About a quarter of Americans used their cell phones to learn about or participate in the 2010 midterm election campaign.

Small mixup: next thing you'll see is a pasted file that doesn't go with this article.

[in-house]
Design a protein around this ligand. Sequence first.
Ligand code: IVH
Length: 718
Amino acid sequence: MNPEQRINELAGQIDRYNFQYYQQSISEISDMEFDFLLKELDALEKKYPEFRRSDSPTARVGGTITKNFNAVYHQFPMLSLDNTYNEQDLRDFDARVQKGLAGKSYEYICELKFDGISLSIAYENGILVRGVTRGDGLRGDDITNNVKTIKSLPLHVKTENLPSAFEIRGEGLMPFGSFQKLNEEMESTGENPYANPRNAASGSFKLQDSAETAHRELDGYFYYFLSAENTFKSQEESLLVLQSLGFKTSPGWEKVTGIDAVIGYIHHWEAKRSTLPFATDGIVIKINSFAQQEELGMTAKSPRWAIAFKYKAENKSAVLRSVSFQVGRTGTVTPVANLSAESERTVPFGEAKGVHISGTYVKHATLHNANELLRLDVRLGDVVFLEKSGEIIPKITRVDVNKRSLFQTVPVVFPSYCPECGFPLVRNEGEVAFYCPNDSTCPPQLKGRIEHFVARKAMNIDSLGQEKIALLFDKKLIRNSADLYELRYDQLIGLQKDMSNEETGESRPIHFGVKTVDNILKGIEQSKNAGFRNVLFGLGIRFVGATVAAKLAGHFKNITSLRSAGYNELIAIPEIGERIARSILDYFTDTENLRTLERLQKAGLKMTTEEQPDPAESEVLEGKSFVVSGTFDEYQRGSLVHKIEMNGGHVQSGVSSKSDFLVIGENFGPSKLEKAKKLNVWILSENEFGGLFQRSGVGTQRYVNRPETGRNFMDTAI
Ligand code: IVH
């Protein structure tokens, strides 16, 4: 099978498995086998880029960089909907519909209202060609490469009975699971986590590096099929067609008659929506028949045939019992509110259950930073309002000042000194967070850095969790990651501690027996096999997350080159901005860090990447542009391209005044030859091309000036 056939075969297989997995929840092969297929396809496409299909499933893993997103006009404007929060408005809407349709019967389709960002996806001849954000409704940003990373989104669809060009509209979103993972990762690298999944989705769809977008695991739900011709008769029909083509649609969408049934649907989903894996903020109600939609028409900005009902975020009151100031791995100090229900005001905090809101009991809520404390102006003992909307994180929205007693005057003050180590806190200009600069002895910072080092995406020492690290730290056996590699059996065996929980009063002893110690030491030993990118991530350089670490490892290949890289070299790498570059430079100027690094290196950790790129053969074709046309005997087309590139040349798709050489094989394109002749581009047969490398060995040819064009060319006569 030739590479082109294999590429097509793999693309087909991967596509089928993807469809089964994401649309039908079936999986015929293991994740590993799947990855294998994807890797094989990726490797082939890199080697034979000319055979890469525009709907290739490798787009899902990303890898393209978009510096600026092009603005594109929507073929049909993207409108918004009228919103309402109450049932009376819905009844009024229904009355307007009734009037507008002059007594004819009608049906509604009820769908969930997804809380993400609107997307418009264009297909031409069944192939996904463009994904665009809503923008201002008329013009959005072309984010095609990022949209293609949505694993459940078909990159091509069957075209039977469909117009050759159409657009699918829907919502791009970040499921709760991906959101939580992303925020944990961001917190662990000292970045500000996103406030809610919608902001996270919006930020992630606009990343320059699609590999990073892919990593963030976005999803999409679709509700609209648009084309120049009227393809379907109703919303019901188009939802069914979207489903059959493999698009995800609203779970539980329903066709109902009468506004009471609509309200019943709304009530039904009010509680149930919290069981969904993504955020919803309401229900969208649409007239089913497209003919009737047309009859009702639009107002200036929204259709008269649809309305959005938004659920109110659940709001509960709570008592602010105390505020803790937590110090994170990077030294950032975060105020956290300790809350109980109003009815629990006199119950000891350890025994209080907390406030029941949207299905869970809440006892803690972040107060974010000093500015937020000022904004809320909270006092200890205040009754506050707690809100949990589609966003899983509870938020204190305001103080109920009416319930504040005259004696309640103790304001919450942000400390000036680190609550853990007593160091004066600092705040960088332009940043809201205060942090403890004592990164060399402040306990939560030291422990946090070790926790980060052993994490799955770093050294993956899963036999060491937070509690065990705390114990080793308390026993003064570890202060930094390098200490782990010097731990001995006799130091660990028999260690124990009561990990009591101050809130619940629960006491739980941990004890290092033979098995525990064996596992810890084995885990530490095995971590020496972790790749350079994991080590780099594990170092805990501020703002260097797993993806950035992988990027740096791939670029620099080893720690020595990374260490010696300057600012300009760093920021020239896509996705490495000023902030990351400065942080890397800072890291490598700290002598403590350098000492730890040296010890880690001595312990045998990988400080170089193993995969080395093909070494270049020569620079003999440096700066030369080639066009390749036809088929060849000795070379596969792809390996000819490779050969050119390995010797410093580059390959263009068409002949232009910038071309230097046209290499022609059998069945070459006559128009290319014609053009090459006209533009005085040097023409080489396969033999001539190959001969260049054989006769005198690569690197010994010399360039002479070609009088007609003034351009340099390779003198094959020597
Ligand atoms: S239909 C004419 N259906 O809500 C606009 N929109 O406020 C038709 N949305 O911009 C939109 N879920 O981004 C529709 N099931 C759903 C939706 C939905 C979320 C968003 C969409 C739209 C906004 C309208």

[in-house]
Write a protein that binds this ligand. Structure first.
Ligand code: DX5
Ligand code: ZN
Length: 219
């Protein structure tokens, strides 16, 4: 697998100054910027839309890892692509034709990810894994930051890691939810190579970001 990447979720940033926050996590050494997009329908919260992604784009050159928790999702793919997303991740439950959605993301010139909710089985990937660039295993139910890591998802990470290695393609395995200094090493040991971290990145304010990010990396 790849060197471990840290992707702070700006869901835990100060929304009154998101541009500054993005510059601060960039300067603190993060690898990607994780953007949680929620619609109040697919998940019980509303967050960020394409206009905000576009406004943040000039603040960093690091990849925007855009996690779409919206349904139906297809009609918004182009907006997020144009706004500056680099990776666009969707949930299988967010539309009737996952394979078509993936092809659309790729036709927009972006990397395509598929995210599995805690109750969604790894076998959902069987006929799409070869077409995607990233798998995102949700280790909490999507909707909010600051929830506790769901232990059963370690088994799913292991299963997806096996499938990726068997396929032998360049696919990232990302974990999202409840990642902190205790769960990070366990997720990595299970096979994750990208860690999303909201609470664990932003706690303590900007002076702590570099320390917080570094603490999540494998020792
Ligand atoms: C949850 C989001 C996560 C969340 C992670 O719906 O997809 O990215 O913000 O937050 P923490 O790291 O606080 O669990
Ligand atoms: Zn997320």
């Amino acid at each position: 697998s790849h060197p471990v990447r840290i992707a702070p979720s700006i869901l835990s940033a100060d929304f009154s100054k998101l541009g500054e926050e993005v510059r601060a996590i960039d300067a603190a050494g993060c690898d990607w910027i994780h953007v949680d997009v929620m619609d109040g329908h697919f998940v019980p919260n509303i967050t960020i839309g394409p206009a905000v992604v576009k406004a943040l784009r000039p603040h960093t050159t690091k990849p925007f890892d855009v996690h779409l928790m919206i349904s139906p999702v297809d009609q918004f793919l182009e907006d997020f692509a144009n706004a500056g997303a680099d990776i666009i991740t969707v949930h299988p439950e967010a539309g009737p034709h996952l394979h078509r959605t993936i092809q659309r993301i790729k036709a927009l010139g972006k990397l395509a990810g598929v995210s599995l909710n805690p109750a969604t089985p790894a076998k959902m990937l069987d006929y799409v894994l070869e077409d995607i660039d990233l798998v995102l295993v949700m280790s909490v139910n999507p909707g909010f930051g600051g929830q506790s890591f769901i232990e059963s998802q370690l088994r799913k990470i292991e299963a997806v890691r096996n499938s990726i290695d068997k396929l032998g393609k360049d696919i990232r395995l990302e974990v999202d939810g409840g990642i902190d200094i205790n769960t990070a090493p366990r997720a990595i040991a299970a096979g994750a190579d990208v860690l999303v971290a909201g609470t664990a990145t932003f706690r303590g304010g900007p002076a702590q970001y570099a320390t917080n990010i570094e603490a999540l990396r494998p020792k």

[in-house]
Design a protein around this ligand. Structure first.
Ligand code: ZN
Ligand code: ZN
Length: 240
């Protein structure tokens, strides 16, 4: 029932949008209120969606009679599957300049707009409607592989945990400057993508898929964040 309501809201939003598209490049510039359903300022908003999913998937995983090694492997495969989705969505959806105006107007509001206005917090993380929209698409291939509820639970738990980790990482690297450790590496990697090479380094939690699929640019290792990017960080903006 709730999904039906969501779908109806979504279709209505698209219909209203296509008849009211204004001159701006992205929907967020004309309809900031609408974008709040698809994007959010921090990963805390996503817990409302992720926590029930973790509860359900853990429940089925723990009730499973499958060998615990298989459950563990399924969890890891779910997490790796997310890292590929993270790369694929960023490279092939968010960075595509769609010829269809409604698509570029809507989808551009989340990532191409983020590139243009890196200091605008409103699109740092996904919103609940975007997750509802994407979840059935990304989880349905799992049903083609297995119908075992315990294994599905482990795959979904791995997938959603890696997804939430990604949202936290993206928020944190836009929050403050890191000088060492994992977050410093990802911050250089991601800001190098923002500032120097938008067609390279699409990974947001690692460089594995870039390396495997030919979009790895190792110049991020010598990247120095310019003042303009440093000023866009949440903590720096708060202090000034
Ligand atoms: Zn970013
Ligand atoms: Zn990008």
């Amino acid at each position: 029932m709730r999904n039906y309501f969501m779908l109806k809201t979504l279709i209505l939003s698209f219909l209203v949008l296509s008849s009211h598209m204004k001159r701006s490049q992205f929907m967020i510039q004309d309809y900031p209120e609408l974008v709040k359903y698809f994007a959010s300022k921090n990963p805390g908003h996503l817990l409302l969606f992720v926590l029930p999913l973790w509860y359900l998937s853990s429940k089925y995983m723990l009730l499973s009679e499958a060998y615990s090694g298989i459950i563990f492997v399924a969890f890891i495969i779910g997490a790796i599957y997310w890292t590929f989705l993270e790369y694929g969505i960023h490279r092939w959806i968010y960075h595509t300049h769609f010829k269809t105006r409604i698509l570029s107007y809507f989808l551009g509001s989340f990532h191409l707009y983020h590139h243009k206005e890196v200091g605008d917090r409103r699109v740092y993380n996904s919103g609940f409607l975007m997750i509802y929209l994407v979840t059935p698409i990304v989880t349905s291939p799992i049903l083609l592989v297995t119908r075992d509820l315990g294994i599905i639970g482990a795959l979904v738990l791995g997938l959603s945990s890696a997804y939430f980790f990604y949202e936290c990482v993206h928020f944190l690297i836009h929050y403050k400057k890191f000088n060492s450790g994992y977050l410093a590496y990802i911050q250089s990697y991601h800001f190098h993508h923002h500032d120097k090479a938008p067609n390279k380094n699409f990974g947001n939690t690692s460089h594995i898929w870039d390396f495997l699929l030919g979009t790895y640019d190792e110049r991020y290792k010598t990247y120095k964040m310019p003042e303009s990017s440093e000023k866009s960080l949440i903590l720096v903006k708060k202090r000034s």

The personal touch of politics is no longer limited to hand shaking, door knocking and sign waving. In the 2010 midterm election campaign, roughly a quarter of Americans (26%) used their cell phones to learn about or participate in the 2010 midterm election campaign. The most popular mobile political pursuits included sending text messages to announce you had voted (14% of adults did this), keeping up with political news (12%) and sending text messages about the elections or campaign (10%). Just 1% of Americans contributed money via text message to a candidate or cause related to the campaign. Americans who kept up with politics on their cell phones are more male than female, young, well educated and well off financially. Despite the large Republican victories in the 2010 elections, there was no partisan split among mobile politics users. Americans who reported using their cell phones to participate or follow politics split their vote evenly between Republican and Democratic candidates. Read More